Kastamonu

Wedged between the Küre mountains to the north and the Ilgaz range to the south, Kastamonu is an inward-looking Anatolian city that only reveals its beauty upon exploration.

As soon as I get to the bottom of the steps of the historic City Hall which dates to 1910, I turn around and look back at the building. How sedate and dignified. Four-meter ceilings, a solid appearance, remarkable decorations. In other words, government buildings too were once as attractive as the old wooden houses left behind as nostalgic reminders of the past in many Anatolian cities today. Opposite the Araba Pazarı Hamam, once an Ottoman bath, now a boutique hotel, the old City Hall, or Belediye Konağı, like Government House on Republic Square, is a product of the same period and movement.
The facades of the 534 registered old houses in the city center all exhibit different architectural features. These structures, the majority of which belong to the Ottoman period, have been purchased by the office of the governor and restored for use, either by organizations of civil society and charitable foundations, or as museums.

EXPLORING ÇARŞAMBA PAZARI
The best thing that could happen to you in your first moments in a city you’ve never seen before is to find yourself in one of its weekly markets. It might be slightly overwhelming, but you’ll get your bearings faster and warm up to the place more quickly. Today is Wednesday, and it’s market day in Kastamonu. And to come from a big city, Istanbul for instance, and find yourself in a market in Kastamonu means you’re going to be asking, ‘What is this?’, at every step. Many of the things grown in this city, which exported walnuts and almonds to Rome in its day, are unfamiliar to me. ‘üryani eriği’, for example, a kind of plum grown only in Kastamonu. “You won’t find these any place except Kastamonu,” says the woman vendor, as if reading my mind. Another is ‘siyez’ bulghur, a species of wheat first grown at the dawn of agriculture. It existed in 10,000 B.C., and it still exists today. It doesn’t matter if you buy it or not, the women will still tell you the story: “After the harvest we boil it up in a big cauldron. Then we dry it and finally we husk it in a water mill.” Lined up at counters side by side, the women are selling ‘pestil’ (sheets of dried fruit pulp) made from ‘üryan’ plums. And so much more: sour apple cider, whole wheat flour ground in a water mill, Taşköprü garlic, flax seed, yoghurt strained through a gauze bag, Tosya rice…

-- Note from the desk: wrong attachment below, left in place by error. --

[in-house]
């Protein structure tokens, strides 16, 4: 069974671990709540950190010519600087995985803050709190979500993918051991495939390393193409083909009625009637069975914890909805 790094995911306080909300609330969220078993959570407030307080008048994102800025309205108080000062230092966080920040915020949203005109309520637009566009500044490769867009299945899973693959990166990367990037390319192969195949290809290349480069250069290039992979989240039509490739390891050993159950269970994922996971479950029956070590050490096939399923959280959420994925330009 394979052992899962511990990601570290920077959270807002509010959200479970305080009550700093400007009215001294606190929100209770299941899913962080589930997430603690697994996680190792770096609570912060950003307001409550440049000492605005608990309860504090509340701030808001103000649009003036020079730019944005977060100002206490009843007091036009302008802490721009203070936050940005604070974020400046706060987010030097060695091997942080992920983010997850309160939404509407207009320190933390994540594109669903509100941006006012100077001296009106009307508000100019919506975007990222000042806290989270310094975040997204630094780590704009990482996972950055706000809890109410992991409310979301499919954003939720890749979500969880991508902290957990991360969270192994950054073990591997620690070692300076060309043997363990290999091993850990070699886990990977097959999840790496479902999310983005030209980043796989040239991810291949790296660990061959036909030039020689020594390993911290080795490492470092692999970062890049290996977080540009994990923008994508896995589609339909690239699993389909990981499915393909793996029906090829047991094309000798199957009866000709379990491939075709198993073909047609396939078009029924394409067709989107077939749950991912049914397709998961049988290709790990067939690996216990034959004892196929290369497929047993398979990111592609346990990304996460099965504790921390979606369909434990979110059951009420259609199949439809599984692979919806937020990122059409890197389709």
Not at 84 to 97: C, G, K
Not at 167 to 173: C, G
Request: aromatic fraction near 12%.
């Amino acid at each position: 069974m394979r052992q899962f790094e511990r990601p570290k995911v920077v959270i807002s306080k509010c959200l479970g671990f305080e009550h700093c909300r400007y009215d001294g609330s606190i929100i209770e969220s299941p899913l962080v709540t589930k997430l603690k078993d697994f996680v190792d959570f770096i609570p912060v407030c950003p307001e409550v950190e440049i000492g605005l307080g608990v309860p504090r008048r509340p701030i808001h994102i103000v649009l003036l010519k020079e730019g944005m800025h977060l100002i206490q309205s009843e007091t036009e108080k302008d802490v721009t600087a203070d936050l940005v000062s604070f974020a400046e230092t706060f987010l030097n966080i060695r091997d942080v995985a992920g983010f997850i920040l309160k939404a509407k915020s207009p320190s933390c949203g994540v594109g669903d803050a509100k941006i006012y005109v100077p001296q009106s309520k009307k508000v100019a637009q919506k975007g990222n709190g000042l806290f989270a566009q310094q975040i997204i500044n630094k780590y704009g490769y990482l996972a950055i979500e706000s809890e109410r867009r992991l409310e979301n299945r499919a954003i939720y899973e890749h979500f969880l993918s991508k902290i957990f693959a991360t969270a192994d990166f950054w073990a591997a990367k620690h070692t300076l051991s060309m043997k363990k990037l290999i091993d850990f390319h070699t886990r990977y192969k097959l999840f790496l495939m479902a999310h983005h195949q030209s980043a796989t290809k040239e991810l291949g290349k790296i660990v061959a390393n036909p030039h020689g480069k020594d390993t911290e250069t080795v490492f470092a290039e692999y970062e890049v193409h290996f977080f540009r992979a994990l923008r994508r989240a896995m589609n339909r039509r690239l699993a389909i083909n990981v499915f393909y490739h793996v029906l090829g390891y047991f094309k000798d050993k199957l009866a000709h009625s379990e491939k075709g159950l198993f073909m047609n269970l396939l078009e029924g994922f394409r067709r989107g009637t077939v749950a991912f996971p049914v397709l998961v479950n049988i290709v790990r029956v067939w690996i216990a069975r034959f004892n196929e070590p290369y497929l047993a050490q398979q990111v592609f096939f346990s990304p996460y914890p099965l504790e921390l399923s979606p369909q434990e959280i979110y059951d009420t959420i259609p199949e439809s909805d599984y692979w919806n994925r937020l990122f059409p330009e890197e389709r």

‘ETLİ EKMEK’ AND STRONG COFFEE TO FOLLOW
Sooner or later at the end of one of the streets lined with old wooden houses, Kastamonu Castle will loom into view, the city’s sole surviving structure from the Byzantine period. I climb the fortress for a bird’s-eye view. The sound of its famous clock tower echoes throughout the city. Descending, I proceed to Belediye Caddesi, the Avenue of the Municipality.
Cobblers, jewelers, and sellers of ‘pastırma’ line this thoroughfare. As I pass by them, I stop in front of one shop: inside, pastırma is being sliced and onions diced at a furious pace. For also consumed here is a version of Kastamonu’s famous etli ekmek (‘bread with meat’) made with pastırma, or Turkish-style pastrami. Mounds of sliced pastırma and onions fill Mr. Sedat’s century-old shop, in one corner of which the ‘çemen’ or spicy fenugreek coating is being prepared to the consistency of butter. A woman enters and orders enough pastırma for one loaf of bread. Leaving his onion chopping, the young man prepares the mixture of pastırma, onion and red pepper in a piece of paper. Noticing my surprised look, he explains: the package will go to the bakery and emerge as ‘pastırmalı ekmek’. Those in the know eat it like this, not in a restaurant.